Anophthalmia and Microphthalmia (Small Eye Syndrome)
Anophthalmia is a congenital defect of the eye where either a single or both eyes are absent when a baby is born. Anophthalmia is sometimes confused with Microphthalmia, also called Small Eye Syndrome, which is a congenital defect where either a single or both eyes are underdeveloped and appear abnormally small.
What are the causes?
Research into congenital eye defects suggests these disorders are:
- Hereditary: passed on through genetic DNA structural mutations and irregular chromosomes.
- Environmental: resulting from toxins, chemicals, viral infections and exposure to radiation such as through X-rays.
- Idiopathic: no identifiable cause.
What disabilities are associated with Anophthalmia and Microphthalmia?
Both Anophthalmia and Microphthalmia cause visual impairment and can also result in learning difficulties, because the eyes are an extension of brain neural pathway formation. Abnormal behavioural patterns can also occur due to the damage caused during brain development. Early intervention is important to implement treatment and recovery for those born with such conditions, as they cannot only impact visual health but overall development and health.
How are Anophthalmia and Microphthalmia diagnosed?
Medical practitioners usually identify the conditions after birth when the baby is physically examined. In some cases ultrasound during pregnancy may indicate if one eye is absent. Pregnant mothers are usually advised by medical practitioners if Anophthalmia and Microphthalmia predispositions exist and given available care options.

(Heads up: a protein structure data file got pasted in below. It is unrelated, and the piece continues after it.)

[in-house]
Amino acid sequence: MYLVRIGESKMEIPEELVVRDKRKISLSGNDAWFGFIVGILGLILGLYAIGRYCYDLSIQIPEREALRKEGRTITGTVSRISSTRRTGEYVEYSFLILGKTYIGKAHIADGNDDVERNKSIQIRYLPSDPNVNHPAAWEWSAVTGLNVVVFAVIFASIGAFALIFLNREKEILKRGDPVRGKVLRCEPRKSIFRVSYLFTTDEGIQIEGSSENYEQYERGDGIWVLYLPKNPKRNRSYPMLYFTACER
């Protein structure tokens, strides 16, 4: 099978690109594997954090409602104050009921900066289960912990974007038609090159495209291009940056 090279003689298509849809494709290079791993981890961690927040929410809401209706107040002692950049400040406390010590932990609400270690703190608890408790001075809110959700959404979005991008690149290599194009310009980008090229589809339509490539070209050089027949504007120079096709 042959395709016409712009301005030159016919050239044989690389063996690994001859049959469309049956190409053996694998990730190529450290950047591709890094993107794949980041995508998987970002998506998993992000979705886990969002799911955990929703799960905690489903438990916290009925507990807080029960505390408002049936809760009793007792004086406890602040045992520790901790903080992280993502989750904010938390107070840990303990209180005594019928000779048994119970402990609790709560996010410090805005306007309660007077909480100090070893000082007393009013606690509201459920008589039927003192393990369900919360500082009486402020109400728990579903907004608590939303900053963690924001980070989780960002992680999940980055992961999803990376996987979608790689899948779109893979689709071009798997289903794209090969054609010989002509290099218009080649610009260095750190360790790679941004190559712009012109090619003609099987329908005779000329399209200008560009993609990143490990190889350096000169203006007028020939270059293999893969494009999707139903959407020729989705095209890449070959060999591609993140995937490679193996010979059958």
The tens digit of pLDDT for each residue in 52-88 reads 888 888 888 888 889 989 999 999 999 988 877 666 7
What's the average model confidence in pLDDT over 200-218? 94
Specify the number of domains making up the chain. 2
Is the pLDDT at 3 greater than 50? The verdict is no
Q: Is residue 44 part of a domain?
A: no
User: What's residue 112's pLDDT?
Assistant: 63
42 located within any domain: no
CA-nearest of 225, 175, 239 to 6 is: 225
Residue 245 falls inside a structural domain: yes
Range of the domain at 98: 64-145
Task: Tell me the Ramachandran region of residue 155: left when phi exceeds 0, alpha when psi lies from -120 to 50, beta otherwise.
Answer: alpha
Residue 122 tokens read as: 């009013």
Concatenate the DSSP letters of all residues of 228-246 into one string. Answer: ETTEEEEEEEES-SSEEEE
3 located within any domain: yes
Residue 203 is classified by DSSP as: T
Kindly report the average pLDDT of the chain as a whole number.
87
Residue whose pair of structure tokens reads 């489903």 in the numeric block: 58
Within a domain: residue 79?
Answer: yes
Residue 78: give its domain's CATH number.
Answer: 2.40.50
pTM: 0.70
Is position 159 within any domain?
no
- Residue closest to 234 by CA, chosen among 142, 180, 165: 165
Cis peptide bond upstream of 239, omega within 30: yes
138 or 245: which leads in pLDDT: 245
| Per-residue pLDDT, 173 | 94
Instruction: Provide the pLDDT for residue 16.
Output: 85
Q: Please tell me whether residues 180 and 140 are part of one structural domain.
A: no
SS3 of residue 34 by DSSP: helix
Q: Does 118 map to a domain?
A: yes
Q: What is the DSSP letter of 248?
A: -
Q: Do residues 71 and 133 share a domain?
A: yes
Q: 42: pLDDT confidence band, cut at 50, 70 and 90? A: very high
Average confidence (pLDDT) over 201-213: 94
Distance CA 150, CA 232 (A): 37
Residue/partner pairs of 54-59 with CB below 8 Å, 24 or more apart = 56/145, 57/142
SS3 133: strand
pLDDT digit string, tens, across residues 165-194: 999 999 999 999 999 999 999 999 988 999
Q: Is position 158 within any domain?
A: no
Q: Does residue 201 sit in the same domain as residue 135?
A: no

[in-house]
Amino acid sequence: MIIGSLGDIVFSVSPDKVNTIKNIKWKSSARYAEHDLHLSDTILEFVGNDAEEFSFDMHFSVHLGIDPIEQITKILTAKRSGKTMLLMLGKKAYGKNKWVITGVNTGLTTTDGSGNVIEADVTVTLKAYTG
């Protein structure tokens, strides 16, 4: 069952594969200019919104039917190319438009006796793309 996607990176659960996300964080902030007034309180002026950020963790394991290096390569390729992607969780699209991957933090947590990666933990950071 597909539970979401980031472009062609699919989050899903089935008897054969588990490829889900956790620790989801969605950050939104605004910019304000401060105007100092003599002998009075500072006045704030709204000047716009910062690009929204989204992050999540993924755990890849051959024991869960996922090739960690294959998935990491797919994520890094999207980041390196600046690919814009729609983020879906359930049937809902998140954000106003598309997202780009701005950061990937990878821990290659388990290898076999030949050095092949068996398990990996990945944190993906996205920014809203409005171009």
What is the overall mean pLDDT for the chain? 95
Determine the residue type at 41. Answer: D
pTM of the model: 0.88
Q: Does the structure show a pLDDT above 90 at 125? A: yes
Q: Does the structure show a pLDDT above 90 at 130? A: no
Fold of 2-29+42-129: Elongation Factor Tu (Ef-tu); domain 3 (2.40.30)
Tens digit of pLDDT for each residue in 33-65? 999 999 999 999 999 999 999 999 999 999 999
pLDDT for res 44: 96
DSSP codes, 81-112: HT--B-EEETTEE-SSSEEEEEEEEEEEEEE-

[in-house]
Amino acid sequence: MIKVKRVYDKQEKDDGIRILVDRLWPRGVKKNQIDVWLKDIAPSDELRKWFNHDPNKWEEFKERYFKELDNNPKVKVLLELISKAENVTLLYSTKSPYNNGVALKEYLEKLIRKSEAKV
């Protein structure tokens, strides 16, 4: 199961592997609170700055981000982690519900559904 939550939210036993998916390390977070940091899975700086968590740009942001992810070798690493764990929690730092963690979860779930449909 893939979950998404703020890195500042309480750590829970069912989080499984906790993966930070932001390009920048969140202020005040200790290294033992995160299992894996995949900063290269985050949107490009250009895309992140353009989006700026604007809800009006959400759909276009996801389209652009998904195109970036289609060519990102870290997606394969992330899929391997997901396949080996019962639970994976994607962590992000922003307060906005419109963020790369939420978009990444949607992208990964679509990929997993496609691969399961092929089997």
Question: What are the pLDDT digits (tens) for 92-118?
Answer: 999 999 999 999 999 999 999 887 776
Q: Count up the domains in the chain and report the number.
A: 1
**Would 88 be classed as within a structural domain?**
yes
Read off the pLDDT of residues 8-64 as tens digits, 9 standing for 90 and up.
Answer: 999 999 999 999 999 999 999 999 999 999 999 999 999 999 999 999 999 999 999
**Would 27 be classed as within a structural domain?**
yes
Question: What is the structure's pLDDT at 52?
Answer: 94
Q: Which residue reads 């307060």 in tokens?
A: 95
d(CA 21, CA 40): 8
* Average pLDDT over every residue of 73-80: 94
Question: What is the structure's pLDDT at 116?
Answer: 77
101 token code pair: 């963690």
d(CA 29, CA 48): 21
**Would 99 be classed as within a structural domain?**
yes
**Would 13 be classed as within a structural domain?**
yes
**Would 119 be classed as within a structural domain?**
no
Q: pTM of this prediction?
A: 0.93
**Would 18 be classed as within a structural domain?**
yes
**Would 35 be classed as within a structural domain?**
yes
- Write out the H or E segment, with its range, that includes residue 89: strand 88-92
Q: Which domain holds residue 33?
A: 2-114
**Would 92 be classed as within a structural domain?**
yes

How are Anophthalmia and Microphthalmia treated?
Whether or not treatment is successful for Microphthalmia depends on the severity of the condition. In Anophthalmia a single or both eyes may be absent, requiring extensive forms of surgery that may not provide full visual recovery. However, there are treatment options for both conditions and they may include:
- Orbital and oculoplastic surgery, both corrective and cosmetic.
- Prosthetic apparatus for the eye, including artificial eyes and facial structural supports.
- Patches or caps can be worn over the Microphthalmic eye to preserve sight in the normal eye.
- Patches can be worn over the normal eye to stimulate the Microphthalmic to function better.
Although such treatments are aimed at moulding the eye socket, the prosthetic devices will not restore lost vision. The aim is to enhance the facial structure and region of the eyes for a more normal appearance. Artificial eyes can be fashioned to look like normal eyes and are replaceable.
Can limited vision caused by Microphthalmia be restored?
Visual loss may not be recoverable, though a weakened eye due to Microphthalmia can be trained for improved vision by wearing an opaque patch over the healthy eye. This stimulates the Microphthalmic eye to increase in function for improved sight. Visual improvement is more likely to occur in cases of mild Microphthalmic disorder.
How prevalent is Anophthalmia and Microphthalmia?
Both Anophthalmia and Microphthalmia are rare congenital birth defects, arising due to either genetic or environmental factors or by an unknown cause. Anophthalmia affects about 1 in 100,000 babies born and Microphthalmia occurs in about 1 in 10,000 babies born. Research in genetics is hoped to provide insight into better prognosis and treatment in the future.